With the annual open enrollment period for Medicare plans ending Friday, Maine’s insurance superintendent is urging seniors to do their research and be wary of aggressive sales tactics.
Each year, Medicare beneficiaries can evaluate and change their health coverage options during open enrollment, which began Oct. 15 and runs through Dec. 7. Seniors can drop regular Medicare and pick up an HMO or PPO plan, called Medicare Advantage, add Part D prescription drug coverage, change their Advantage plan or return to traditional Medicare.
With few exceptions, the plans that seniors choose by midnight Friday will take effect Jan. 1, 2013, and cover them throughout the year.
“Even if you are happy with your current plan, it is still a good idea to look at your options,” Maine Insurance Superintendent Eric Cioppa said in a press release. “For most current participants, this will be the only time in which they can make coverage changes, and many plans are changing. A little extra research could result in significant savings.”
In 2012, Maine had approximately 276,460 eligible Medicare beneficiaries, according to Henry J. Kaiser Family Foundation’s state health data report, representing about 21 percent of Maine’s population.
Free Medicare information is available from health insurance counselors throughout Maine through the State Health Insurance Program, or SHIP. SHIP counselors do not sell insurance or recommend policies and their services are confidential.
Maine’s five Area Agencies on Aging and Legal Services for the Elderly can also provide SHIP counseling services. To contact a local Area Agency on Aging, call 877-353-3771. To contact Legal Services for the Elderly (voice and TTY) call 800-750-5353 or visit mainelse.org. Consumers may also contact the Office of Aging and Disability Services, at 800-262-2232 (TTY – Maine relay 711).
Each fall, Medicare beneficiaries receive the Medicare & You Handbook, and program comparisons are available at medicare.gov or by calling 1-800-MEDICARE 800-633-4227, 24 hours a day, seven days a week (TTY users can call 877-486-2048.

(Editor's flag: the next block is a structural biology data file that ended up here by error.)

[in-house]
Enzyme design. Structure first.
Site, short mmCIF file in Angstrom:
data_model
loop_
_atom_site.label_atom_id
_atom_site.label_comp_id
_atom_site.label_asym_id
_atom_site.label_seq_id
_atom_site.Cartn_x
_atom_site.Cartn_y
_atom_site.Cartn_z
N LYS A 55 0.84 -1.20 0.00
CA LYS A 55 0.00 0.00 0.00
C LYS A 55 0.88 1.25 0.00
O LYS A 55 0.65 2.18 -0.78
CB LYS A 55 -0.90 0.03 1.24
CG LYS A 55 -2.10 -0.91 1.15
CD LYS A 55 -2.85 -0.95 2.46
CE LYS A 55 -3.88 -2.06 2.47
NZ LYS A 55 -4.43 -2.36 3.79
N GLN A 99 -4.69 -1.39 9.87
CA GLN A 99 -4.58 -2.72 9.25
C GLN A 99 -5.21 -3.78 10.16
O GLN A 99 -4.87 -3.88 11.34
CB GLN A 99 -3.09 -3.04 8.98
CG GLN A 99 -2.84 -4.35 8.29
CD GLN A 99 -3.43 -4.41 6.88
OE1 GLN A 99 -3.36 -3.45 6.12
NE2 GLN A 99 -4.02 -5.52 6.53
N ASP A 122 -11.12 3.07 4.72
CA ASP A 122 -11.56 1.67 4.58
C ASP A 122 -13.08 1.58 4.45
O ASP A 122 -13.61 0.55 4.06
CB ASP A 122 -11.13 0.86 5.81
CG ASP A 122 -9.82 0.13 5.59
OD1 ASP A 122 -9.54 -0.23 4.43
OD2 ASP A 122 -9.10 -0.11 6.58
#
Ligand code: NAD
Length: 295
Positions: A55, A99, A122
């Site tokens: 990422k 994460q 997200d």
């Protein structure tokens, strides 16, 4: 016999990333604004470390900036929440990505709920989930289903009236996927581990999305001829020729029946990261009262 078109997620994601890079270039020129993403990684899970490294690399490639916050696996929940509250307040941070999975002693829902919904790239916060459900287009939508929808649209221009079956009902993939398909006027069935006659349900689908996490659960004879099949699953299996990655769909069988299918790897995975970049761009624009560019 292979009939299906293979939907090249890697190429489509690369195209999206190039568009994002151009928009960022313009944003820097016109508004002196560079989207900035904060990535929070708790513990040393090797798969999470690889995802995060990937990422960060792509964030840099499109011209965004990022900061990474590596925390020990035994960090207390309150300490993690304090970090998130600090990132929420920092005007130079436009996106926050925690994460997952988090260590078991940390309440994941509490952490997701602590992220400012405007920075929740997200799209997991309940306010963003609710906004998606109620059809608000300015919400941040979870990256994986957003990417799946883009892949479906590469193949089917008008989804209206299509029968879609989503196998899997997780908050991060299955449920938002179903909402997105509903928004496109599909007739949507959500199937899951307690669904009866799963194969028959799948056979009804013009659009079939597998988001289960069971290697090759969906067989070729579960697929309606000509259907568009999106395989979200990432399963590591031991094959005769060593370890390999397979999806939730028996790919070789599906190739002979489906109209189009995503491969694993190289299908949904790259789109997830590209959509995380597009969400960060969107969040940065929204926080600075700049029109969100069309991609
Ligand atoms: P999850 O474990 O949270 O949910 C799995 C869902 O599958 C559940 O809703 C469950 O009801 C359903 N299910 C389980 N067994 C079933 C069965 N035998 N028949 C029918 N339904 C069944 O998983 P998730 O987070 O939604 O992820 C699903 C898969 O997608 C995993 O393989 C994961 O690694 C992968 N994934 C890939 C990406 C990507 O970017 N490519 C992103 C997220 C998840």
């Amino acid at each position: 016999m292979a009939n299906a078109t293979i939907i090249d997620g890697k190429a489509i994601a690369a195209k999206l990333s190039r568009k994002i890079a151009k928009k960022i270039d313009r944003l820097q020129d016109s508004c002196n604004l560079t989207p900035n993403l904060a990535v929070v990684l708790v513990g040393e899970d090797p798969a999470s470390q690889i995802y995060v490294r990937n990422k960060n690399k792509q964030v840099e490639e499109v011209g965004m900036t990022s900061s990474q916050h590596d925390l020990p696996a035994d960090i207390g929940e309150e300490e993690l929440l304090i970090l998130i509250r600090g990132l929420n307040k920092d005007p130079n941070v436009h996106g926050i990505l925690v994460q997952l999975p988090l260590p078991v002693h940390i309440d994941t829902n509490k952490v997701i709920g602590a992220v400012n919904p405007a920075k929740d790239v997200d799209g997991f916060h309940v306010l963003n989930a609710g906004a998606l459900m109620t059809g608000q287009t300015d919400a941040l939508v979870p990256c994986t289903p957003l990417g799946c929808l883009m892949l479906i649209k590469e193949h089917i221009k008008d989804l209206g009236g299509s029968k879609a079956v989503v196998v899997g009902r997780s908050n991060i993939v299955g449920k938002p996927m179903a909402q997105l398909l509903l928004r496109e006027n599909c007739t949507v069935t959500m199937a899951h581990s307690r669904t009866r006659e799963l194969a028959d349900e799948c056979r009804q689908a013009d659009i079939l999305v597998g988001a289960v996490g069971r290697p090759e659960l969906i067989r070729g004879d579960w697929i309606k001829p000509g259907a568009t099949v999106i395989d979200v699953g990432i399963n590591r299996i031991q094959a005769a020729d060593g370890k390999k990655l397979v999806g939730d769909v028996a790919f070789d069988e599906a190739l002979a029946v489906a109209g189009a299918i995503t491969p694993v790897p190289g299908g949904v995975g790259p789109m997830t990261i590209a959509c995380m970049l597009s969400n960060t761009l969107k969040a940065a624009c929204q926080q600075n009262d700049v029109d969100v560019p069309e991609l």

“This can be a confusing process. We encourage consumers to ask for help soon and not wait until the end of open enrollment,” Cioppa said. “We also want Maine consumers to watch for abusive or aggressive sales tactics.”
Insurance producers marketing Medicare plans are subject to both state and federal regulations. Cioppa offered the following tips for consumers:
1. Make sure your salesperson is licensed by contacting the Bureau of Insurance.
2. Understand who you are talking to. Medicare does not have “representatives” to solicit business, so be wary of any salesperson claiming to be one.
3. Be wary of free meals. Federal regulations prohibit offers of free meals for signing up for a plan or for listening to a Medicare sales presentation.
4. Expect an appointment. A Medicare salesperson cannot call you at home or go door-to-door unless you have given them permission to do so.
5. Be wary of additional sales pitches. Federal regulations prohibit the sale of additional insurance products (such as life insurance or annuities) during any sales or marketing presentation for Medicare prescription drug or Medicare Advantage plans.
6. Be careful with your personal information. Make sure the person asking for your information is entitled to receive it.
7. If you are uncomfortable, take advantage of the resources listed above.